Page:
Our View: Grand jury swings, misses with city manager pay probe

Our View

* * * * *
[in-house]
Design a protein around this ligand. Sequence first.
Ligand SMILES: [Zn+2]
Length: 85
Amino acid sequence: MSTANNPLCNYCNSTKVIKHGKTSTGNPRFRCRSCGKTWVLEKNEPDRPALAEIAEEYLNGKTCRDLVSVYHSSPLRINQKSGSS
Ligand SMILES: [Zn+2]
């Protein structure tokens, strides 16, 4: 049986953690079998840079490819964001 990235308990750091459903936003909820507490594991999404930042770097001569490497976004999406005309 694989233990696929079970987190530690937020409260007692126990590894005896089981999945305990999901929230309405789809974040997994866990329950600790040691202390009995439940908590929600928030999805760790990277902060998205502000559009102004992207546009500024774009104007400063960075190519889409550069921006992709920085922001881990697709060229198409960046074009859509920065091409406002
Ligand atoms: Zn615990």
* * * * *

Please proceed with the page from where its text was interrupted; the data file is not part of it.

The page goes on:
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If there’s one thing residents have been vocal about during the recession, it’s that state, county and local governments must rein in pay for public employees — especially top executives. You wouldn’t know that from reading the just-released final report from the Placer County Grand Jury. In an investigation titled “The Delicate Art of Setting Salaries,” the grand jury focused on the salaries and compensation for city and town managers. But rather than offer a set of recommendations to build better pay models, the probe simply reports facts and figures. Report findings state the obvious. Or worse, state what’s been painfully obvious to taxpayers — top execs in some cities are paid well above the national average — without offering strong medicine for a change. Ask anyone on Main Street whether the Rocklin City Council should be commended for paying retiring manager Carlos Urrutia $139,000 to work part time while collecting $170,000 in pension pay, and you’re likely to get an earful. Ask anyone whether Craig Robinson should have received nearly $400,000 when he was fired as city manager in Roseville, and you’ll get a quizzical look, a belly laugh and a “you’re kidding” response. In its report, the grand jury acknowledged media attention to Roseville’s firing of Robinson and his contract buyout as the spark. A complaint followed “which led to a broader investigation of how municipalities established compensation levels for their senior executives,” the report says. The jury wanted to determine whether local salaries were competitive and “assess if compensation and benefit packages had been renegotiated to reduce … salaries commensurate with reductions their staffs had faced,” the report states. Local city exec pay is not competitive. It is inflated, and the report findings say so. In a nationwide survey, only one local manager — in Colfax — falls in the first quartile of compensation while “the previous managers of Rocklin and Roseville would be off the chart,” the report says. And in comparisons to per-resident averages or salary as a percentage of budget, Placer managers are compensated handsomely. “Placer cities and town managers are paid more per employee they manage than their Bay Area counterparts,” the jury’s findings state, “even though the Bay Area municipalities budget more per employee.” In other words, in every statistical measure the jury used, Placer administrators are compensated generously. Based on these findings, one might expect the jury’s conclusions and recommendations to include salary caps, defined pay ranges, salary equity with Bay Area managers on population or budget metrics, but that’s not what residents got. “City Councils of Placer County and their city managers are to be commended for renegotiating reductions of the contracted salaries and benefits to match the realities of the current economic environment,” the jury offered in its conclusion. The jury swung, and the jury missed. This isn’t meant to question the hard work and dedication of the 19 jurists. They volunteered a year of their life. Their service isn’t in question, but what must be questioned are their watered-down, lacking-in-common-sense findings. Some portions of the report appear solid. Jurists took on the county supervisors’ revenue-sharing program, making recommendations to make the process transparent and open to public evaluation. And they took a firm line in finding security flaws at the Lincoln Police Department and serious structural problems with the county Sheriff’s Department’s substation in North Lake Tahoe, recommending immediate replacement of the decaying, 50-year-old station at Burton Creek. But this report could have been much more, not only with the salary study but with other hot-button topics. Where’s the inquiry into the Michelle Ollar-Burris lot-split investigation, which has yielded little but cost the county a reported $180,000 so far, not including considerable staff time? Or the county’s solar power array near DeWitt Center? Or the $50,000 bonus and subsequent buyout of the Colfax schools superintendent? Or the 49 Fire investigation, now 10 full months after the catastrophic blaze. The grand jury should be taking a critical look at these issues in 2010-11. In the meantime, city councils across the county shouldn’t look at the jury report as a commendation, but another milestone on the way to restoring fiscal sanity for executive pay.